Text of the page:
Only have a weekend to hike the Wonderland Trail? No problem. Sample the best stretch on this 15.4-mile point-to-point. You’ll get in-your-face views of Mt. Rainier, pass raging waterfalls and wildflower sightings galore—and crest the trail’s highpoint at Panhandle Gap. Drop a car at Box Canyon, then drive to the trailhead at Fryingpan Creek. Hike through old-growth forest on a well-maintained path, and begin a gentle uphill to your first photo op of Fryingpan Creek rushing through a slot and crashing over boulders.
At mile 3.3, cross the footbridge over Fryingpan Creek and emerge from the forest. Climb through narrow meadows bordered by the creek and a granite mound before tackling steep switchbacks that zigzag to Summerland, a rolling meadow ringed by alpine firs and picturesque views. A campsite is located just beyond the outhouse (hang stuff sacks on bear poles). Take time to visit the Summerland Shelter, a rustic, yet majestic, lean-to made of rock and timber.
From Summerland, hike alongside Meany Crest to a flat, snowy expanse located below Panhandle Gap. Past this point, the trail climbs through volcanic rock and tops out on Panhandle Gap, the highpoint of the Wonderland Trail at 6,750 feet. The top of the Gap showcases impressive views to the south across the Tatoosh Range to distant Mt. Adams and, on clear days, Mt. Hood. Keep your eyes peeled for the substantial herd of mountain goats that wander this area below the Gap.
South of Panhandle Gap, the route passes views of the Ohanapecosh Valley, and the multiple long cascading flows of waterfalls that make up the headwaters of the Ohanapecosh River. As you descend the ridgeline above Ohanapecosh Park, listen for the distant whistling of marmots echoing and reverberating off the walls. You may spot more mountain goats grazing in the lush valley or hanging out near the waterfalls and rock ramparts of the park.
The trail continues its descent through huckleberry fields and eventually re-enters stands of alpine firs that line the meadows around Indian Bar at 5,087 feet. Lush meadows crowd the riverbank, and the many braids of the Ohanapecosh River run down the volcanic rock bed, providing a melodic soundtrack.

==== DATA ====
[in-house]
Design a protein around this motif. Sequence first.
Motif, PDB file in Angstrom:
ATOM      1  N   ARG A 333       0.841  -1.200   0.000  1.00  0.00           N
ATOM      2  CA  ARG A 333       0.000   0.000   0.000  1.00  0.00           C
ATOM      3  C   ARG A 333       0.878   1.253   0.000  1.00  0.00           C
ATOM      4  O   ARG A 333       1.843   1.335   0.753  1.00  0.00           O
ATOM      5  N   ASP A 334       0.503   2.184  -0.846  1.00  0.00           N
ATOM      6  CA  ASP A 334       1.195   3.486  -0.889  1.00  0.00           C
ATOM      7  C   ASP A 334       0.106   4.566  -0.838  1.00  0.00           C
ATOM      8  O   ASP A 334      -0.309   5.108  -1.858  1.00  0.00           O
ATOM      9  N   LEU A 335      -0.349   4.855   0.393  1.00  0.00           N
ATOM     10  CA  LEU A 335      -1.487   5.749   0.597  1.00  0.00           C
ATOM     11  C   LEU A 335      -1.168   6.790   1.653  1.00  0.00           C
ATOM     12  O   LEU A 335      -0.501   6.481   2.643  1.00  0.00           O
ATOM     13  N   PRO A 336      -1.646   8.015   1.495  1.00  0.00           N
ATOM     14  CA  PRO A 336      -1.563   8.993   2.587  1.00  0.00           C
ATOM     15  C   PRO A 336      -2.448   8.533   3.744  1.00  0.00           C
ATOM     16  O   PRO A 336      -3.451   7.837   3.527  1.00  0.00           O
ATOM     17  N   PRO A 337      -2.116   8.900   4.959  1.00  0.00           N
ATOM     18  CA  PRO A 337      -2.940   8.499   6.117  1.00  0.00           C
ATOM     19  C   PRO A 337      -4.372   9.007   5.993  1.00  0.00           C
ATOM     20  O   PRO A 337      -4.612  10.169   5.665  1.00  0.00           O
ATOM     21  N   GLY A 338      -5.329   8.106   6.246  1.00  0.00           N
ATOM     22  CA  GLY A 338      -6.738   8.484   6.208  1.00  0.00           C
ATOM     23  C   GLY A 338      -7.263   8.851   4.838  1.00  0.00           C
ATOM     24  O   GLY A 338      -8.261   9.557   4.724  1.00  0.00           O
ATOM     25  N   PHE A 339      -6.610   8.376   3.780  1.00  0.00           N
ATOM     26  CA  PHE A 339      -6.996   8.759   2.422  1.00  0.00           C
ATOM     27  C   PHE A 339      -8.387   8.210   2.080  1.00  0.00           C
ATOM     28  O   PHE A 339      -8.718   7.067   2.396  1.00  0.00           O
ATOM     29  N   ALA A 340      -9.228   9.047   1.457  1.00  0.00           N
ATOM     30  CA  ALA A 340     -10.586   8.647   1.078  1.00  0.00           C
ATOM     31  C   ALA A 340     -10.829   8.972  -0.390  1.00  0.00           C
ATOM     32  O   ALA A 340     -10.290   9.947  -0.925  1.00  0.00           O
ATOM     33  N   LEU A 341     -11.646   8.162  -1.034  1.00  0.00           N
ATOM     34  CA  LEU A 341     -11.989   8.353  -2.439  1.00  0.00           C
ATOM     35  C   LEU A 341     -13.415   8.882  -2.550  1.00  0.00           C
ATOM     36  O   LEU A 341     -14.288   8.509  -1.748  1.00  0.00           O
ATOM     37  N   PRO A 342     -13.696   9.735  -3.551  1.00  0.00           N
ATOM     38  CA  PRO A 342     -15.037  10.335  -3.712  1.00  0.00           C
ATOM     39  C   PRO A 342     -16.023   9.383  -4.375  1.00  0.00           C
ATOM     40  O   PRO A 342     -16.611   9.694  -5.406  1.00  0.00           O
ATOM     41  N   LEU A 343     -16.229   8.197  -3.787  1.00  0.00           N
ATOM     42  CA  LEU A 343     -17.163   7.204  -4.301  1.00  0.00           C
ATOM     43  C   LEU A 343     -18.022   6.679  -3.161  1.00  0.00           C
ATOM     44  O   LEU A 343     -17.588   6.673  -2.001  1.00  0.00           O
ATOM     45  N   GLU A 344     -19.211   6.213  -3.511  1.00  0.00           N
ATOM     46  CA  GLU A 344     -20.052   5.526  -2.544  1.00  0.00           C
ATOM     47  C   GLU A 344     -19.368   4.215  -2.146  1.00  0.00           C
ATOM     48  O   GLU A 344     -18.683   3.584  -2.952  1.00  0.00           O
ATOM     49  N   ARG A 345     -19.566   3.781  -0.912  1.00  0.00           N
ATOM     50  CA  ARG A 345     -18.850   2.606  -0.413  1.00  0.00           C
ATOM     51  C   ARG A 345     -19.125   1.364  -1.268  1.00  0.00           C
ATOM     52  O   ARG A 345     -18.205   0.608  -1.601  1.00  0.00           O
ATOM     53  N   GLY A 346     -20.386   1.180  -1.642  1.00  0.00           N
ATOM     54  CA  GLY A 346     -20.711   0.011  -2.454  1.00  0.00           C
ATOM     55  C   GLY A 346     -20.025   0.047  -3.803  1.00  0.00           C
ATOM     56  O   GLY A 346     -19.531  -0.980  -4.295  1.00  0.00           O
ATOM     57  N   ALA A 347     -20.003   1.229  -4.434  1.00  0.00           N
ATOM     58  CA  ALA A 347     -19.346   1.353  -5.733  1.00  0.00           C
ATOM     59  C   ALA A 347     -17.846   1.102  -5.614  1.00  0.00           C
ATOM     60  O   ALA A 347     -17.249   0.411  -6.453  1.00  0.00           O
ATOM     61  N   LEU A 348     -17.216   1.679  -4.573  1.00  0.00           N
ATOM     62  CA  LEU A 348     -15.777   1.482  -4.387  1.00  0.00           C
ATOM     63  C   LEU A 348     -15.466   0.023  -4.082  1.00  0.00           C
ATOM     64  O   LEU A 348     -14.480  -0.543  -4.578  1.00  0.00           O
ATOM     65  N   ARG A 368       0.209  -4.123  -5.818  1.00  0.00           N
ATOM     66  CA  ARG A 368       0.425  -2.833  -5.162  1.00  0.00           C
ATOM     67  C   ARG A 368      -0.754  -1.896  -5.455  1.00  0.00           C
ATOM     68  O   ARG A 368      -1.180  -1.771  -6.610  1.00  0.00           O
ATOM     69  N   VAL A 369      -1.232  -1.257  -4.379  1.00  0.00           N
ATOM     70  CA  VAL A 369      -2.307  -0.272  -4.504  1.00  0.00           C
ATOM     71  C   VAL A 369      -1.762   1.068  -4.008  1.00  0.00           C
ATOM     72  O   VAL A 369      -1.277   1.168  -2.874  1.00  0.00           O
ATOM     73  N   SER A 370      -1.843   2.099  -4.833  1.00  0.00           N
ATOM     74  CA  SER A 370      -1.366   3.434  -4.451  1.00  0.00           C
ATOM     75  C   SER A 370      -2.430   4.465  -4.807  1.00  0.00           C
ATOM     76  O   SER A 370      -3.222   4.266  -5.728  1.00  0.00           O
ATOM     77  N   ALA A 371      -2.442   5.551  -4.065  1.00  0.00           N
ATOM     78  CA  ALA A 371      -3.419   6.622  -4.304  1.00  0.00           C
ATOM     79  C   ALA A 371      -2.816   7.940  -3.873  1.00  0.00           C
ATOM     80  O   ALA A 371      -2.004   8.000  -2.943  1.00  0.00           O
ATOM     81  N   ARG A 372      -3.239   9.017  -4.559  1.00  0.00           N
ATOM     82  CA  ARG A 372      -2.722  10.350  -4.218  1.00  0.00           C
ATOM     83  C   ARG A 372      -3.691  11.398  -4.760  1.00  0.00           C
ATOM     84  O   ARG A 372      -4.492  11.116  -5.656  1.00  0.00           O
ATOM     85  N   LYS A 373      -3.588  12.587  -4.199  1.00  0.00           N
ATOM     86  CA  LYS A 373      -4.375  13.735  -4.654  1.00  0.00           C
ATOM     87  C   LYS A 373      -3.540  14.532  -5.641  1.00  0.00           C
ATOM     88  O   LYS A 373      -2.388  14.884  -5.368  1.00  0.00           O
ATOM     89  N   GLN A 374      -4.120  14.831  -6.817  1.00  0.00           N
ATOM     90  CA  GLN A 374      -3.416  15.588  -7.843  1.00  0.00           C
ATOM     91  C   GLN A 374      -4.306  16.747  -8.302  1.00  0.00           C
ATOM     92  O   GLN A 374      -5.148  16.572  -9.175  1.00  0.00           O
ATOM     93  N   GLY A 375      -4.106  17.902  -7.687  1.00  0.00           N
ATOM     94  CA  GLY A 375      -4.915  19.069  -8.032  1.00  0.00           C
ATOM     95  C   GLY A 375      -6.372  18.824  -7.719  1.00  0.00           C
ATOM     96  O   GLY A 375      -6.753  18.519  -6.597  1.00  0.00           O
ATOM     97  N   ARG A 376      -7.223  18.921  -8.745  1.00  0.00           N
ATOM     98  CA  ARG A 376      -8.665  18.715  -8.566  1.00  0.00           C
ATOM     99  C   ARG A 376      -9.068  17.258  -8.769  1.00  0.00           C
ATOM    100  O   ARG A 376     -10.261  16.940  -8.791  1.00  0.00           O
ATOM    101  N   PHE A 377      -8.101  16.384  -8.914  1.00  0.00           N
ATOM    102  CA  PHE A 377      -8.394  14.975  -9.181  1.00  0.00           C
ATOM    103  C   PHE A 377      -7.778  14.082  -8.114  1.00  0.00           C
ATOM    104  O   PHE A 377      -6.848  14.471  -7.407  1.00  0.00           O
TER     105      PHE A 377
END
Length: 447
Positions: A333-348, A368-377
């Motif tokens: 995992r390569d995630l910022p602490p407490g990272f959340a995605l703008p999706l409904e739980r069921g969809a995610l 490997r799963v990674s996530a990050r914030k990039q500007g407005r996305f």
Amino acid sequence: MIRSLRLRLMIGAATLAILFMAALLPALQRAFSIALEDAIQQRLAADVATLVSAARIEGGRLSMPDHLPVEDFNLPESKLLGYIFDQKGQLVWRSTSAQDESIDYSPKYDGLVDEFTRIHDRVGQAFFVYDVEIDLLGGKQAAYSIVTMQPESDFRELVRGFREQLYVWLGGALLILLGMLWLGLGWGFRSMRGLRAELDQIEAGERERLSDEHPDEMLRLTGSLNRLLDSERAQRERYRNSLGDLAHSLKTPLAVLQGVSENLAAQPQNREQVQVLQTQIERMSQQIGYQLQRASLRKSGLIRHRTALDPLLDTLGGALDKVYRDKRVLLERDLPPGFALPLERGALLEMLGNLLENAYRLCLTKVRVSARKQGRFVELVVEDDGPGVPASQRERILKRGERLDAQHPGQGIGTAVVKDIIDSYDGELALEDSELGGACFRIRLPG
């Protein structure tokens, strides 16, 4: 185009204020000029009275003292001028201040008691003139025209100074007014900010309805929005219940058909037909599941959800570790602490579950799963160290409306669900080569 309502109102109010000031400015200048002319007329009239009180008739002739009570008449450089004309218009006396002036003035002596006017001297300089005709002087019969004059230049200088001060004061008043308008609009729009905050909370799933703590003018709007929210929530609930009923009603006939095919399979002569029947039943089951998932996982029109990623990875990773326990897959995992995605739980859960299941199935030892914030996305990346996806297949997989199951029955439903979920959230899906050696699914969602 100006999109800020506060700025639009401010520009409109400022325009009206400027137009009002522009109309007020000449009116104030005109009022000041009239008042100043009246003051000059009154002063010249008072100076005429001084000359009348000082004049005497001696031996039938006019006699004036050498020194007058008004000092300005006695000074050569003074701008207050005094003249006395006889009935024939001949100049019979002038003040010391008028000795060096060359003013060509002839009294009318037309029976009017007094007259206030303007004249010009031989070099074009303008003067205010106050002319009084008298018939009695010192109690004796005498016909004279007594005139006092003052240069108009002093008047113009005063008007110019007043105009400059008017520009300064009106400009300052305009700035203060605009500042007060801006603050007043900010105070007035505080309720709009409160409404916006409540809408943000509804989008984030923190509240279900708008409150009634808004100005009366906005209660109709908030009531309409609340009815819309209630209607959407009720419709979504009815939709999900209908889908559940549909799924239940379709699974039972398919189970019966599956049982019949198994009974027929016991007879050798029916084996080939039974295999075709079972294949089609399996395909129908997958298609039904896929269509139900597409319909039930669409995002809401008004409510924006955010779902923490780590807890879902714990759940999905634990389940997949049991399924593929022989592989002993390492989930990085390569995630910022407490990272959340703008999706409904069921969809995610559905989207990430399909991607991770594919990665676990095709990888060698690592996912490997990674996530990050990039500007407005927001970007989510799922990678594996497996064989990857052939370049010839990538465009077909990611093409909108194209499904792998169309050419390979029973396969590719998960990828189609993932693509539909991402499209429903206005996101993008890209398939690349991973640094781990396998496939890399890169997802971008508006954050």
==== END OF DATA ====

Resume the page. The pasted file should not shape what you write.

Further down the trail, the waters rush through a small slot canyon, between pillars of solid rock, to form the Wauhaukaupauken Falls. The footbridge crosses the torrent here, providing safe passage to the other side and to a historic shelter. At dusk, it’s not uncommon to see deer and elk roaming in the meadows.
From Indian Bar, it’s a relatively steep uphill to the top of the rolling Cowlitz Divide, where incredible panoramas extend in every direction. (Be on the lookout for black bears and roaming elk herds.) The trail crests a 5,030-foot summit at mile 9.7 before curving south. At mile 12.9, turn right (west) and descend switchbacks to Nickel Creek and Box Canyon. At the parking lot, drop your packs off at the shuttle car and visit Box Canyon, a deep slot in solid granite where the Muddy Fork of the Cowlitz River rushes through.
PRINT & GO: To download a PDF of this route, go to backpacker.com/printandgo.
-Mapped by David Tate
TO TRAILHEAD: From Seattle, drive south on I-5; merge onto I-405 N. In 2.2 miles, merge onto WA 167 S. In 20.1 miles, exit onto WA 512 W. In 3.5 miles, take the Eatonville exit; turn left onto WA 161 S. Go 26 miles; bear left onto WA 7 S/Mountain Hwy. E. Go 10.1 miles to Elbe; continue straight on SR 706/Paradise-Longmire Rd. In 29 miles, turn right on Stevens Canyon Rd. Go 8.6 miles, then park shuttle car in lot on the right. Continue 10.4 miles; turn left at WA 123 N (seasonal closures). In 10.9 miles, turn left on WA 410 W. In 3.5 miles, turn left at Sunrise Park Rd. Go 4.3 miles to parking pull-out on right.
MAPS USGS quads: White River Park, Chinook Pass, Mt. Rainer East ($8, store.usgs.gov); Trails Illustrated Mount Rainier National Park ($12, natgeomaps.com); or create a custom topo map of this route at backpacker.com.
GUIDEBOOK Discovering the Wonders of Wonderland Trail: Encircling Mount Rainier, by Bette Filley ($15, rei.com)
CONTACT AND PERMITS Mt. Rainier National Park, (360) 569-2211; nps.gov/mora. A wilderness permit is required for all overnight camping in the backcountry. Go to nps.gov/mora/planyourvisit/wilderness-camping-and-hiking.htm for info.
ROAD CONDITIONS Go to nps.gov/mora/planyourvisit/road-status.htm, or call (360) 569-2211, then press 1.
Multiday Gear List
jacket and pants
Fleece and down jackets
Synthetic T-shirt (2)
Hat and gloves
Wool/synthetic socks (3)
32 oz. water bottle (2)
Headlamp and batteries
Down bag (15° to 40°F) and sleeping pad
Compass, map, GPS unit
Gas stove and fuel bottles
Lighter and matches
Cookset, bowl, insulated mug, eating utensils
Toilet paper and trowel
611 S. Meridian Ave.
203 Center St. E
54109 Mountain Hwy. E
30027 SR 706 E
BARNEY’S CORNER MINI MART
40512 Meridian Ave. E